So, I had this whole thing written and ready about how Sixers coach Brett Brown doesn’t believe that Michael Carter-Williams is injury-prone, despite the fact that after sitting out Saturday, the rookie will have missed six of his team’s first 21 games.
But then the news broke that Carter-Williams had been hospitalized with a bacterial infection on his right knee, so let’s get to that before the other, now less-relevant injury stuff is discussed below.
Michael Carter-Williams, a front-runner for NBA rookie of the year, is spending his third consecutive night at the Hospital of the University of Pennsylvania with a skin infection on the front of his right knee, according to the Philadelphia 76ers.
The infection is bacterial and now under control, according to a source close to the situation. The 6-5 point guard is under the care of Sixers team physician Dr. Brian Sennett and infectious disease specialist Dr. Neil Fishman.
“It’s a right knee infection that really is just being monitored closely, but nothing to really get too overly concerned with,” Sixers coach Brett Brown said.
Thankfully this doesn’t seem too severe, though there is no timetable for Carter-Williams to return.
Michael Carter-Williams is the early leader for Rookie of the Year honors, with his play in the early part of the season being almost as stellar as it is surprising.
He’s missed significant time due to injuries, however — five of his team’s first 20 games, with a sixth likely to come on Saturday — and that’s led some to wonder if the young and slender guard may be injury-prone, and limited by that fact as his career progresses.
But Sixers head coach Brett Brown isn’t buying into all that just yet. He believes it’s been more bad luck and unfortunate circumstances that have led to Carter-Williams’ injuries, and is willing to give his star rookie the benefit of the doubt.
Brown does not view the injuries to Carter-Williams, the latest of which prompted the Sixers to keep him from traveling with the team, as an ongoing trend.
“Some of it is related to bad luck. Some of it is his body and (he’s) young and (playing) big minutes and other things,” Brown said of Carter-Williams. “I’m sticking more with luck than a trend. I think his competitiveness and his toughness is a good thing where he’ll learn to get through some things as time unfolds. But these recent things, he should be sat. He should be left at home.”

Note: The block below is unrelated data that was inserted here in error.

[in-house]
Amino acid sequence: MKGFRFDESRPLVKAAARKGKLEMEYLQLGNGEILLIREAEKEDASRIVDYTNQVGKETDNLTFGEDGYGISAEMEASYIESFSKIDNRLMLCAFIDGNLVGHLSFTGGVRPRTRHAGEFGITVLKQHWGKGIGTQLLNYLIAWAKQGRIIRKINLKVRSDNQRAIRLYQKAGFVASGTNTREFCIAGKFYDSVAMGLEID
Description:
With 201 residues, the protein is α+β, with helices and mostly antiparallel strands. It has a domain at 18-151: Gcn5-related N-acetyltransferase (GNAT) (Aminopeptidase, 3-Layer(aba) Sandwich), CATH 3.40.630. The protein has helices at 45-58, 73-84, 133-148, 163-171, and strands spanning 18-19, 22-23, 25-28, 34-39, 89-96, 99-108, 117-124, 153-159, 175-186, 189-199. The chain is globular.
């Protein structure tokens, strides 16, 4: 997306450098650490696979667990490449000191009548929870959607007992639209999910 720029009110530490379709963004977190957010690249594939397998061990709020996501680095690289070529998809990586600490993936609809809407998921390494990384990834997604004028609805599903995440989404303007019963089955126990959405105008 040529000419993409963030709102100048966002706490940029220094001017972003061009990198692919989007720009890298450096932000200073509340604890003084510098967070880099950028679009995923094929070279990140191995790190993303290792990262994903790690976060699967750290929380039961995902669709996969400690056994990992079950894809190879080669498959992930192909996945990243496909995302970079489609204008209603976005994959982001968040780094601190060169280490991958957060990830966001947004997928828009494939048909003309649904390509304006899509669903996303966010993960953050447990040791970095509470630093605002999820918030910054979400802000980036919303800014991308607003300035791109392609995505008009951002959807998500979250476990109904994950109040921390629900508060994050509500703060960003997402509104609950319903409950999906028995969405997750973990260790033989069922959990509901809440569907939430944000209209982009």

“We all wish we was playing, and so does he. It’s not something that you look at as a negative. It’s a series of bad-luck and unfortunate circumstances,” Brown said. “Ultimately those people that can play and avoid injuries, it’s an interesting statistic or part of persevering with people, re-signing people, chasing in a free-agent market, determining somebody’s worth. That’s bottom-line stuff, how many games in a long period of time do they normally miss?
“Some people fall into that too-high-a-risk basket. For Michael, this is all early days and part of the process. I’m leaning on his toughness and his competitiveness. Whenever anything minor comes up, he’ll be there.”
There are a couple of factors in play here.
First of all, Carter-Williams needs to pack some muscle onto his 6’6″ frame that carries a listed weight of just 185 pounds. And it’s more than likely that he will — that’s a legitimate knock on many young players entering the league, and hitting the weight room over the next couple of summers will easily fix that.
More importantly, despite the Sixers having some early-season success, the reality is that they were expected to be the worst team in the league; the fact that they’re sitting at 7-13 and just two games out of the eighth and final playoff spot in the East doesn’t change the organizational plan.
There’s no rush for Carter-Williams to return to this team, and you can bet that with the franchise taking a long-term view of things, they’ll hold him out if he’s being bothered by any injury in the slightest — making Brown’s opinion on the matter more than likely to be the accurate one at this very early stage of his star-in-the-making’s career.